The Connies traveled to Memphis to record at Ardent Studios, where the Replacements and Big Star made great records, and their mix of Seventies Stones (but dirtier), the New York Dolls (but tighter) and Jerry Lee Lewis (but Westerberg-ier) comes with an extra sense of bare-knuckled grit and sonic thwump to fight against the darkness. "Revolution Rock & Roll" is a slamming gospel-tinged get-woke anthem, while the strikingly spare piano ballad "Montreal" evokes Big Star's "Thirteen" and Dylan's "It's All Over Now, Baby Blue," and turns on the lines "I gave conjunctivitis to a girl in a bar/I gave conjunctivitis like a star."
The ten CDs are, so to speak, the antidote to our eroticly charged box '' Sex, Drugs And Alcohol '': Absolutely youthful, this new edition is full of romance, longing, love cries and the accompanying drama. The Rockn Roll era, which was otherwise so wild, has given us a lot of memorable love songs, which the young Elvis was so lucky enough to make on his first LP.
Connie Evingson isn't the first person to provide a vocal jazz tribute to the Beatles; over the years, everyone from Sarah Vaughan to Czech singer Peter Lipa has interpreted the John Lennon/Paul McCartney songbook. But Let It Be Jazz, the Minneapolis resident's fifth album, is among the more creatively successful..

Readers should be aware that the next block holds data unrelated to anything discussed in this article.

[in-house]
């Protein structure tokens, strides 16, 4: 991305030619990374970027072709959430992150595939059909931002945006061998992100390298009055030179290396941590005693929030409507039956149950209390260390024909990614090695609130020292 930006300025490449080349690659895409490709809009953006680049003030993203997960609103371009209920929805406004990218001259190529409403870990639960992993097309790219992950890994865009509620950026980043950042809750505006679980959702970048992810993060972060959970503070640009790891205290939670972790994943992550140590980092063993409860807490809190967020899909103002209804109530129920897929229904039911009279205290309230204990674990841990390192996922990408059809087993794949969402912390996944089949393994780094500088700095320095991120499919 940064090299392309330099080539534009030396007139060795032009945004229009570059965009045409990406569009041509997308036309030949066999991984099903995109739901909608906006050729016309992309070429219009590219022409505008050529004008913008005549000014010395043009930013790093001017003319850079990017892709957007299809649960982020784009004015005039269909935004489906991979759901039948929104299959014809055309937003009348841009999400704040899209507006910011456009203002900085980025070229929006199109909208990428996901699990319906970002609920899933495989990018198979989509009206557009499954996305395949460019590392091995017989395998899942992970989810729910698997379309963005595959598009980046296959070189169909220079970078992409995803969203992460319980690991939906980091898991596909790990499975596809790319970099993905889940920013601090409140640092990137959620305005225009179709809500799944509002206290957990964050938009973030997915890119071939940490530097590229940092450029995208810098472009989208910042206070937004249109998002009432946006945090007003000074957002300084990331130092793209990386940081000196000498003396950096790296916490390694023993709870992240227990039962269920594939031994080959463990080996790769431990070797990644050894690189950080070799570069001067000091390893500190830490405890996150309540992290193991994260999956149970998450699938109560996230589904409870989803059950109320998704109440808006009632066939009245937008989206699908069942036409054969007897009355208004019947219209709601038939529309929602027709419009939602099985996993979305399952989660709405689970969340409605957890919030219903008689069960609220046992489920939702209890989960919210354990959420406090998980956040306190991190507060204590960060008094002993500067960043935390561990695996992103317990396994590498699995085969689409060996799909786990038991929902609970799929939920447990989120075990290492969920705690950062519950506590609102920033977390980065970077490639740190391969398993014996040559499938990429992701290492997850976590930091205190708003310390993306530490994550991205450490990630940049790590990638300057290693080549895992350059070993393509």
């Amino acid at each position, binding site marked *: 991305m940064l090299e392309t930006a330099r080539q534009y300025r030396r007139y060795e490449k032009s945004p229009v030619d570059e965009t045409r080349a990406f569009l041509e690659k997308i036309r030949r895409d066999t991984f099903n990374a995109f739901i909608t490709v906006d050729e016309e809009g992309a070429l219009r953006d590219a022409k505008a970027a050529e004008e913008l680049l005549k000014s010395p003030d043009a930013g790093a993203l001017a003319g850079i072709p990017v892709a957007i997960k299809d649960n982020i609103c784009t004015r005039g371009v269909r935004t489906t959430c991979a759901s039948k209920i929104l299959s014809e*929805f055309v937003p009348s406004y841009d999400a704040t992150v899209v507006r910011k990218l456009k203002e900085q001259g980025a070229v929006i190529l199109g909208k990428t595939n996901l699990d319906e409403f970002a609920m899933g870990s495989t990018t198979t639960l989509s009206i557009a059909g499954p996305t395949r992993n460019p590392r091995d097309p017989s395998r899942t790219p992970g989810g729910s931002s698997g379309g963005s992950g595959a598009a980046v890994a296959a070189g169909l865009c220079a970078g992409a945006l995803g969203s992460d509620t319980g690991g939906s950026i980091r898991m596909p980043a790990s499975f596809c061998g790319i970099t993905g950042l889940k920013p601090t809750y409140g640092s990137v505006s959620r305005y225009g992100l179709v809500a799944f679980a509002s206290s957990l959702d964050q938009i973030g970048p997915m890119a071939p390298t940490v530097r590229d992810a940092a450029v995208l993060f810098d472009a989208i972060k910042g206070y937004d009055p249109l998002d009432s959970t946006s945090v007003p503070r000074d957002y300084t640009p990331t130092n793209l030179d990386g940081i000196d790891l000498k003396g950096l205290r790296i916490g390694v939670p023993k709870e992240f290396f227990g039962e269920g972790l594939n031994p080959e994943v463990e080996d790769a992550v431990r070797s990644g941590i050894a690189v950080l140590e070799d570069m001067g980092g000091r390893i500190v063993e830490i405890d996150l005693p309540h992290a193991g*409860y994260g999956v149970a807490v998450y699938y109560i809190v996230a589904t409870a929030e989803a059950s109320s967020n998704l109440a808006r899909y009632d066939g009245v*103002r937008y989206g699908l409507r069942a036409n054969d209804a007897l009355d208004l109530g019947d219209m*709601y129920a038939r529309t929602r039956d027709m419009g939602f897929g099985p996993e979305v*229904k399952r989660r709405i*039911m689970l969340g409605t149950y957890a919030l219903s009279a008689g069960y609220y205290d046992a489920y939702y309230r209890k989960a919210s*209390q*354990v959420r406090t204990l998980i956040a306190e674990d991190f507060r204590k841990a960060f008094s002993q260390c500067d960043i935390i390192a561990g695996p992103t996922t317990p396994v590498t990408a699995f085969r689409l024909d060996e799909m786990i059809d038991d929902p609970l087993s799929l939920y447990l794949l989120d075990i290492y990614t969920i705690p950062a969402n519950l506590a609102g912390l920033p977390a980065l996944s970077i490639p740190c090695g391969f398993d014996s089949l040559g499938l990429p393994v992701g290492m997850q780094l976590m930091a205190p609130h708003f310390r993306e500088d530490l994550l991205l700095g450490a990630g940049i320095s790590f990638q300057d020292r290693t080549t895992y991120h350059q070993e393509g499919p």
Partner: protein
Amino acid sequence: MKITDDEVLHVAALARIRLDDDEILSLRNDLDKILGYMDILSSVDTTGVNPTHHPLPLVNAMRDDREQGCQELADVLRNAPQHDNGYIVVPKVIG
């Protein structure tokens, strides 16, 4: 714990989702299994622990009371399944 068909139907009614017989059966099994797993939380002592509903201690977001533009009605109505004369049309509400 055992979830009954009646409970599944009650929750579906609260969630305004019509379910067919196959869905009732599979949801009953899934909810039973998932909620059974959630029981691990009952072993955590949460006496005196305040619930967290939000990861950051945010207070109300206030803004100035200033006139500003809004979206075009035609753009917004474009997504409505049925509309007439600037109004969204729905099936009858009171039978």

A popular singer of tearful ballads and jaunty up-tempo numbers; one of the most successful artists of the 1950s and '60s. Connie Francis is the prototype for the female pop singer of today. At the height of her chart popularity in the late '50s and early '60s, Francis was unique as a female recording artist, amassing record sales equal to or surpassing those of many of her male contemporaries. Ultimately, she branched into other styles of music – big band, country, ethnic, and more. She still challenges Madonna as the biggest-selling female recording artist of all time.